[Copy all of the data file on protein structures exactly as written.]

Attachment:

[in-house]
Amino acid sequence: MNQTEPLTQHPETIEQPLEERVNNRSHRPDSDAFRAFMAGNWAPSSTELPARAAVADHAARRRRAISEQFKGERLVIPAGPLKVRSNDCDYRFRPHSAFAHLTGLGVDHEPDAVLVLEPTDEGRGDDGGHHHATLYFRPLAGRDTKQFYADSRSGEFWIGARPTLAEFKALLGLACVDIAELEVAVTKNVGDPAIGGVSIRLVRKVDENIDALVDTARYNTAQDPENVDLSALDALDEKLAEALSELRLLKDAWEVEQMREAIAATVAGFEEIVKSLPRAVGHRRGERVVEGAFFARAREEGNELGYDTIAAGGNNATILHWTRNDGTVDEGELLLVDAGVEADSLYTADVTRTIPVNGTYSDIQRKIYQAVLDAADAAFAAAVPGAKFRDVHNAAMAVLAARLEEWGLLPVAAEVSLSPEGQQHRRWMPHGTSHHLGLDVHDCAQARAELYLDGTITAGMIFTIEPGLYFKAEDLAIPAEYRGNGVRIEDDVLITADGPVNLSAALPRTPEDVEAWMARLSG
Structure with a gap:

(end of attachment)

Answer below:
[in-house]
Amino acid sequence: MNQTEPLTQHPETIEQPLEERVNNRSHRPDSDAFRAFMAGNWAPSSTELPARAAVADHAARRRRAISEQFKGERLVIPAGPLKVRSNDCDYRFRPHSAFAHLTGLGVDHEPDAVLVLEPTDEGRGDDGGHHHATLYFRPLAGRDTKQFYADSRSGEFWIGARPTLAEFKALLGLACVDIAELEVAVTKNVGDPAIGGVSIRLVRKVDENIDALVDTARYNTAQDPENVDLSALDALDEKLAEALSELRLLKDAWEVEQMREAIAATVAGFEEIVKSLPRAVGHRRGERVVEGAFFARAREEGNELGYDTIAAGGNNATILHWTRNDGTVDEGELLLVDAGVEADSLYTADVTRTIPVNGTYSDIQRKIYQAVLDAADAAFAAAVPGAKFRDVHNAAMAVLAARLEEWGLLPVAAEVSLSPEGQQHRRWMPHGTSHHLGLDVHDCAQARAELYLDGTITAGMIFTIEPGLYFKAEDLAIPAEYRGNGVRIEDDVLITADGPVNLSAALPRTPEDVEAWMARLSG
Structure with a gap: